By: Masouda Qarizada
Air pollution is considered as one of the most serious crisis for Kabul city and its residents. Currently, the city’s air quality index is crossing alarming levels, meaning that city has topped in air pollution. Air pollution can be clearly seen particularly in early hours of morning and in evening. From a distance, giant khaki blankets appear to smother Kabul’s spectacular mountainside.
Visitors may even be enthralled by the phenomenon. Only when near the suburbs, however, do they realize the enveloping layer is thick smog of dirt and fumes.
A report released in the US last month listed Kabul as among the top 10 most polluted cities in the world. For many Afghans, it is a potent silent killer.
Afghanistan’s pollution may be even deadlier than its war, now 18 years long.
There are no official statistics on how many Afghans die of pollution-related illnesses, but the research group State of Global Air said more than 26,000 deaths could be attributed to it in 2017. In contrast, 3,483 civilians were killed that year in the Afghan war, according to the United Nations.
Kabul, a city of some 6 million, has become one of the most polluted cities in the world — ranking in the top of the list among other polluted capitals such as India’s New Delhi or China’s Beijing. Decades of war have wrecked the city’s infrastructure and caused waves of displaced people.
Shukrullah, a taxi driver in Kabul city, says one of the main reasons of air pollution in the city is the increasing of population and number of vehicles. Increasing number of vehicles can definitely cause serious air pollution in the city.
“There are two things that cause increasing air pollution in Kabul: firstly, the increasing number of old vehicles and secondly, using of low-standard fuel found in most of fuel stations and used by all vehicles in the city,” Shukrullah said, adding that the other reason of increasing air pollution in the city is the increasing of population as more than 6 million people are living in Kabul city, while in past only 500,000 people were living.
Officials at the National Environment Protection Authority (NEPA) said on Saturday that a plan is underway to reduce the level of pollution in Kabul.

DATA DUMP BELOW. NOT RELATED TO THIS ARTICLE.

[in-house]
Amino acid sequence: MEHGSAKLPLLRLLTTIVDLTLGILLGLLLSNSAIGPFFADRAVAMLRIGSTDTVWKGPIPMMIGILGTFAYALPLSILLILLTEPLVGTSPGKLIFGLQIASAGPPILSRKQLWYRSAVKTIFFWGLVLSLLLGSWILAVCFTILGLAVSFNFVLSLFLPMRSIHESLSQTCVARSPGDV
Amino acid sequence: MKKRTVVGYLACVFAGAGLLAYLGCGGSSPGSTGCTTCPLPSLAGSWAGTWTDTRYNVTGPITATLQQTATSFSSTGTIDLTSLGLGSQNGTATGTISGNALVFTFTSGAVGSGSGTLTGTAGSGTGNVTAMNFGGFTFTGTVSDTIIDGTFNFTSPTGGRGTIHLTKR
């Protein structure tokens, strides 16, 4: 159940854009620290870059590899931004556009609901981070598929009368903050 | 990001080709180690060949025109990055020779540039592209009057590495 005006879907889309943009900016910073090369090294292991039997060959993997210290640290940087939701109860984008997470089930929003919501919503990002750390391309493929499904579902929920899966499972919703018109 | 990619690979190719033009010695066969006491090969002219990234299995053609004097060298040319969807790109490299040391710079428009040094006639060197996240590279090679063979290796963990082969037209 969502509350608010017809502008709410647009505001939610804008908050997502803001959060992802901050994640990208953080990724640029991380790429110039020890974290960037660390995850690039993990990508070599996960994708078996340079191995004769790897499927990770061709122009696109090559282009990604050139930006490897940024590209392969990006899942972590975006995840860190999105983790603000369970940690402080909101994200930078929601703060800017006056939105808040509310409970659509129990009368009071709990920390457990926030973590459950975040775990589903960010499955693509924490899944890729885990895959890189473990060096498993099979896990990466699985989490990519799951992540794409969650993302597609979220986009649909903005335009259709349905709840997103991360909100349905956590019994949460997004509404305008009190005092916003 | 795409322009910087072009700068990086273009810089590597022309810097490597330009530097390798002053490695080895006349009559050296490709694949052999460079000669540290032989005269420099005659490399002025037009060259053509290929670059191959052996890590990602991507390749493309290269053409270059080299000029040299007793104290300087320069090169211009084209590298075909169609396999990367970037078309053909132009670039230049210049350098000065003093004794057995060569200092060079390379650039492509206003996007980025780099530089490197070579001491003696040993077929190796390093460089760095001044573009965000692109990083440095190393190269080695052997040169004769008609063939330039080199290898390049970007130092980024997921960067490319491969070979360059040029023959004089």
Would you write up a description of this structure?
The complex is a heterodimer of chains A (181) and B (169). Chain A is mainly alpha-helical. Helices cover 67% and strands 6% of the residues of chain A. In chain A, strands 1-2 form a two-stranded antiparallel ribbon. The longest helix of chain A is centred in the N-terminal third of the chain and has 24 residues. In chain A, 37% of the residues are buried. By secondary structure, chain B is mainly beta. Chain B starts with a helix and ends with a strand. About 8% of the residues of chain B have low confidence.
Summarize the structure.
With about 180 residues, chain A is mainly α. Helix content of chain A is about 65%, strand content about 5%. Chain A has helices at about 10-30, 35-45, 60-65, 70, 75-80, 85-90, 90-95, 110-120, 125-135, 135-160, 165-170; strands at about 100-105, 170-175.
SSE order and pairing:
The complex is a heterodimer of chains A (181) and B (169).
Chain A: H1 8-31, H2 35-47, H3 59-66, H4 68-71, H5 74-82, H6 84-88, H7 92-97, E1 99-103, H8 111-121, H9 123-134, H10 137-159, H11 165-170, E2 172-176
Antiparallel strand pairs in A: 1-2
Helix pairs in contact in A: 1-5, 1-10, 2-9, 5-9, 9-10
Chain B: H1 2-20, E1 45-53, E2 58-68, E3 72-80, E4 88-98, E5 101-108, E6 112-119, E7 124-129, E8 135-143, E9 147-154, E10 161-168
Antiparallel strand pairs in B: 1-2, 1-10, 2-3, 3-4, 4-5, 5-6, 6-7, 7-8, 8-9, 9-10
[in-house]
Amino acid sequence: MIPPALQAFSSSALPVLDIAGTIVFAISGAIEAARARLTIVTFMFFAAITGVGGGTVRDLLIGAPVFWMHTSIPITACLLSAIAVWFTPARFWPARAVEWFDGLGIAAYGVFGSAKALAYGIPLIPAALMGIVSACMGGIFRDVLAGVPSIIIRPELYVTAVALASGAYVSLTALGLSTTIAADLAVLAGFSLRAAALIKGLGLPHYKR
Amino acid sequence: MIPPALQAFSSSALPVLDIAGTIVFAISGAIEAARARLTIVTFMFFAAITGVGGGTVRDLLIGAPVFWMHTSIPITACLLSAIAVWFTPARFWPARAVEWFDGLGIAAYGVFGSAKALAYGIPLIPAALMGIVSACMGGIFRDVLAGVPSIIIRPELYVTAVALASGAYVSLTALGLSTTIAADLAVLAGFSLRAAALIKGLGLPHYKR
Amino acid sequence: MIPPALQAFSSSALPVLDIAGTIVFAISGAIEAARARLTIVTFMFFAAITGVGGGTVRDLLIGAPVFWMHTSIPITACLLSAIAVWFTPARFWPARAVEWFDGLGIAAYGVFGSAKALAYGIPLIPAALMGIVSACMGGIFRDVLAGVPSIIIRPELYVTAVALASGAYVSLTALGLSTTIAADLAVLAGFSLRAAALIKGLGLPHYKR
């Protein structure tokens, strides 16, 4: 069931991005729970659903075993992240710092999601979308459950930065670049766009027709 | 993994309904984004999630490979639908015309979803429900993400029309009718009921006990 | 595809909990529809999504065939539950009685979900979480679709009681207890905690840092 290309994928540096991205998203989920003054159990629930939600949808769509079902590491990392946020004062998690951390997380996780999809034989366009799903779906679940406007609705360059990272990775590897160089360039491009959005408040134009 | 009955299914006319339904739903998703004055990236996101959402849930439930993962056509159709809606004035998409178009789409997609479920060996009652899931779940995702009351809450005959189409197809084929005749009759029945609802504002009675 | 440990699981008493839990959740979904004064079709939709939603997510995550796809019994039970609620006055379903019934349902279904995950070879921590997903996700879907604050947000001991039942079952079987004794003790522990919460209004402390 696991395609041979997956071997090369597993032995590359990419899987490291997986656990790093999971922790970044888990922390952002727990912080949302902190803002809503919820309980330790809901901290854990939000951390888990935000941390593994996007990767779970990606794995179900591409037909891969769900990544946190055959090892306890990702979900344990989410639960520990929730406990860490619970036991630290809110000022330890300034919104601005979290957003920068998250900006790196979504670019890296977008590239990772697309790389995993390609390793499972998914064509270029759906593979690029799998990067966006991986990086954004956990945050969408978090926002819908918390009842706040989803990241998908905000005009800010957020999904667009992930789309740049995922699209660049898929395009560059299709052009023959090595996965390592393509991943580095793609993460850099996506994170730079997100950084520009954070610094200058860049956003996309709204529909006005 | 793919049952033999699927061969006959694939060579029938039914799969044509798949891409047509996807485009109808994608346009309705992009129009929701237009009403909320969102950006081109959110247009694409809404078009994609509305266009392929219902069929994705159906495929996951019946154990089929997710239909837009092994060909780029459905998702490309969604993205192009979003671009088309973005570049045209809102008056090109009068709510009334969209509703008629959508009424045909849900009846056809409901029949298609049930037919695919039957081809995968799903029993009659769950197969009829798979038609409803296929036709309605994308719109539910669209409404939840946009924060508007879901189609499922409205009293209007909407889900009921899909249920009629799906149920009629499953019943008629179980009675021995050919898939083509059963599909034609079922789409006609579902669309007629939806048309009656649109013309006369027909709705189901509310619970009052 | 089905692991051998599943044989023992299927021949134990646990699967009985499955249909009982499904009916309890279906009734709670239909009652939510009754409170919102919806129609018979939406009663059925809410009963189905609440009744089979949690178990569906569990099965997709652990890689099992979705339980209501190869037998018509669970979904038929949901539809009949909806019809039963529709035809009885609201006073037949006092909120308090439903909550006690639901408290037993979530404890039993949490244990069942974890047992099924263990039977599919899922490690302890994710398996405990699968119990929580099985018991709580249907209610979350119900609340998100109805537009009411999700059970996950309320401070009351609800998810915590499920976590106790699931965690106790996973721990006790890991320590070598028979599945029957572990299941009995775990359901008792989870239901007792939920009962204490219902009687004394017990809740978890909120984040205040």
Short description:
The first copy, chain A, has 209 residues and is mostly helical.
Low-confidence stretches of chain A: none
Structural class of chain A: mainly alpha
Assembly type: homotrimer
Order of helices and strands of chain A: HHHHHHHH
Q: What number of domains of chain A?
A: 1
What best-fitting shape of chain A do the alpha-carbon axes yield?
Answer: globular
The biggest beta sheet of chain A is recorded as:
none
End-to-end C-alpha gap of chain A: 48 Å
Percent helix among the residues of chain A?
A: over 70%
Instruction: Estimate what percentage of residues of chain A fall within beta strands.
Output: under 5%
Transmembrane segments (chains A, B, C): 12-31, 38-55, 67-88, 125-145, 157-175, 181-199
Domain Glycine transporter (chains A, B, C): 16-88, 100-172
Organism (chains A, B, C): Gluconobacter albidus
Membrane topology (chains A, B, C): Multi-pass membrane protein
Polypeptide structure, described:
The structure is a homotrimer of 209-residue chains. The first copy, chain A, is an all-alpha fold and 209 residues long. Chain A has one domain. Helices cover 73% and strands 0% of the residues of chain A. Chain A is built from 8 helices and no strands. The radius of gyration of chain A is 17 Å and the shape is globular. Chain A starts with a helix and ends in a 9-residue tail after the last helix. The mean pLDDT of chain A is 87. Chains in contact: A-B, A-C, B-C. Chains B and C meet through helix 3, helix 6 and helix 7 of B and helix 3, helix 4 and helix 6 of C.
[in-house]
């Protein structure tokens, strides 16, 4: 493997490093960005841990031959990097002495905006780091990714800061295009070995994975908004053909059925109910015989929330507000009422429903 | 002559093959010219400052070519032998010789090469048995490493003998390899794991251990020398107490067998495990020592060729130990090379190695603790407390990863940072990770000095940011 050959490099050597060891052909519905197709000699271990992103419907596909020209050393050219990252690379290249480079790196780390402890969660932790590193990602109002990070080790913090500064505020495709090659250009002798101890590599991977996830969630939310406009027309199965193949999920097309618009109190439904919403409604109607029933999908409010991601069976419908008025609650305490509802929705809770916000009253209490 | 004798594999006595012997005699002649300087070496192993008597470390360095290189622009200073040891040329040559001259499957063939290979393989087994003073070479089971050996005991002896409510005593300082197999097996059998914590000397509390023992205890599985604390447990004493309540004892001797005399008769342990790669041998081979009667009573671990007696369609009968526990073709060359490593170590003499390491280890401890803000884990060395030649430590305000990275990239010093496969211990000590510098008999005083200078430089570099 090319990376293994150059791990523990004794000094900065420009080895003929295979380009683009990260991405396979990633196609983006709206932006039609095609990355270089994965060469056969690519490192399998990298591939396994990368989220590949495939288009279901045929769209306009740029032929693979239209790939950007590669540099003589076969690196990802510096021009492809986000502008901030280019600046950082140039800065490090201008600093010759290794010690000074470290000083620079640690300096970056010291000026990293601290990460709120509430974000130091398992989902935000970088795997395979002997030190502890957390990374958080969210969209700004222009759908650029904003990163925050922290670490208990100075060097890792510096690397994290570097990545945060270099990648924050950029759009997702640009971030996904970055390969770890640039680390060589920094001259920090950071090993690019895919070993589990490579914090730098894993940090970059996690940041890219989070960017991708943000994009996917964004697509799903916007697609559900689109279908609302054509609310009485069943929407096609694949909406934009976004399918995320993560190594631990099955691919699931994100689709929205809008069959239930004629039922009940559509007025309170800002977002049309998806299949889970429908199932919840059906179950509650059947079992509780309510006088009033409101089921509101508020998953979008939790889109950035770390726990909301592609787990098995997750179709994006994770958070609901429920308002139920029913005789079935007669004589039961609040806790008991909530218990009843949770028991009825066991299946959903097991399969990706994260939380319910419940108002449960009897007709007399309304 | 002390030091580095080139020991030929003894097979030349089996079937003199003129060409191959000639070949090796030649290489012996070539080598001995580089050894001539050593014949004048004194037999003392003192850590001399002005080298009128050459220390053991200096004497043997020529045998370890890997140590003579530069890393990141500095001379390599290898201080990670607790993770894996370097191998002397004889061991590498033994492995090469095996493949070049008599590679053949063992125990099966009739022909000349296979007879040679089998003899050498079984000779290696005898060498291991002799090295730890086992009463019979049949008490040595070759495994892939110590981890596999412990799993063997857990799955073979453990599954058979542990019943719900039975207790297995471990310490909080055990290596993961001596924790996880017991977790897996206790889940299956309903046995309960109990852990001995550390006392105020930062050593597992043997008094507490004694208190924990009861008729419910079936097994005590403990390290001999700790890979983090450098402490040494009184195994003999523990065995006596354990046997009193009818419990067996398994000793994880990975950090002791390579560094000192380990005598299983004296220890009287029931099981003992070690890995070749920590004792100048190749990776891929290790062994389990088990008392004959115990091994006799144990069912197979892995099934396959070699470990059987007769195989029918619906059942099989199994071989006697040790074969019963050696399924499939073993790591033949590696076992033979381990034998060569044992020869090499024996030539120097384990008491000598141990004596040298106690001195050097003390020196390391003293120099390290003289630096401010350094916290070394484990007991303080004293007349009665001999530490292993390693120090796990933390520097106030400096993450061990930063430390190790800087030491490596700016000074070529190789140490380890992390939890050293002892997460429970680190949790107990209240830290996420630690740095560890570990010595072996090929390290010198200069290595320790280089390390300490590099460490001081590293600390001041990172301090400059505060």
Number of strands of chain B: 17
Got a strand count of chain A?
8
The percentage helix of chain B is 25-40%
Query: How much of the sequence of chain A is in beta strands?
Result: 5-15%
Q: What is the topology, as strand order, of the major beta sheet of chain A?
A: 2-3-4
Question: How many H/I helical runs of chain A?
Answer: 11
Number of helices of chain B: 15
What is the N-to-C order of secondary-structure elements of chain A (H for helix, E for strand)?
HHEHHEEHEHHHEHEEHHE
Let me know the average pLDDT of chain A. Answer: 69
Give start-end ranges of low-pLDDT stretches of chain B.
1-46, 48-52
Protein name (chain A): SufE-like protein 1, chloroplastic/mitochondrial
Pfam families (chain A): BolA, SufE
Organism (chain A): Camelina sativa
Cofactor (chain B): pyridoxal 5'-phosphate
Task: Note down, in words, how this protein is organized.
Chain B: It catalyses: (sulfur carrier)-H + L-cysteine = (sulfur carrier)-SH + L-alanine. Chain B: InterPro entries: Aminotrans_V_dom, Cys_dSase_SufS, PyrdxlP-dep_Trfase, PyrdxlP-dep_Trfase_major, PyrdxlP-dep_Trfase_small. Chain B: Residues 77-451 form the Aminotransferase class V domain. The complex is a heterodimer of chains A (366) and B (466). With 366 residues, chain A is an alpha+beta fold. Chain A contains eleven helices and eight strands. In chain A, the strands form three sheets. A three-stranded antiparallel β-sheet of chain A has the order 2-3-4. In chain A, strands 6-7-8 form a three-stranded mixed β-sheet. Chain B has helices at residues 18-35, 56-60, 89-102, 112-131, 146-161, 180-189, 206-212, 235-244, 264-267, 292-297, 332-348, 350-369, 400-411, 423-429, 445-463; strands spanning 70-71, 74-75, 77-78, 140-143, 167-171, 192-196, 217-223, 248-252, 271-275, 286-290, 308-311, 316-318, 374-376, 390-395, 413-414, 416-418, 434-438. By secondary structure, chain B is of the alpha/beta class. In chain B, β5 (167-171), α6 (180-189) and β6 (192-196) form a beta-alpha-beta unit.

Last Thursday President Ghani ordered officials of the National Environmental Protection Agency (NEPA) and the Air Protection Commission to take serious steps to address the air pollution within 10 days.
Ezatullah Sediqi, the deputy head of NEPA confirmed that the situation in Kabul city is serious.
“349 cases in Kabul city are under investigation and will be controlled,” said Sediqi
NEPA said earlier that air pollution has increased many times beyond its safe level. Residents of Kabul city are also concerned about the pollution and say that the air outdoors is causing them to become ill.
On most days, a pall of smog and smoke lies over the city. Old vehicles pump toxins into the air, as do electrical generators using poor quality fuel. Coal, garbage, plastic and rubber are burned by poor people at home, as well as at the many brick kilns, public baths and bakeries. Many apartment buildings have no proper sanitation system, and garbage is piled on roadsides and sidewalks.
The large majority of victims are poisoned by the air in their own homes, as families burn whatever they can to keep warm in Kabul’s winters, with frequent sub-zero temperatures and snow. Children and elderly are particularly vulnerable. At least 19,400 of the 2017 deaths were attributable to household pollution, which also contributed to a loss of two years and two months of life expectancy at birth, according to the State of Global Air survey.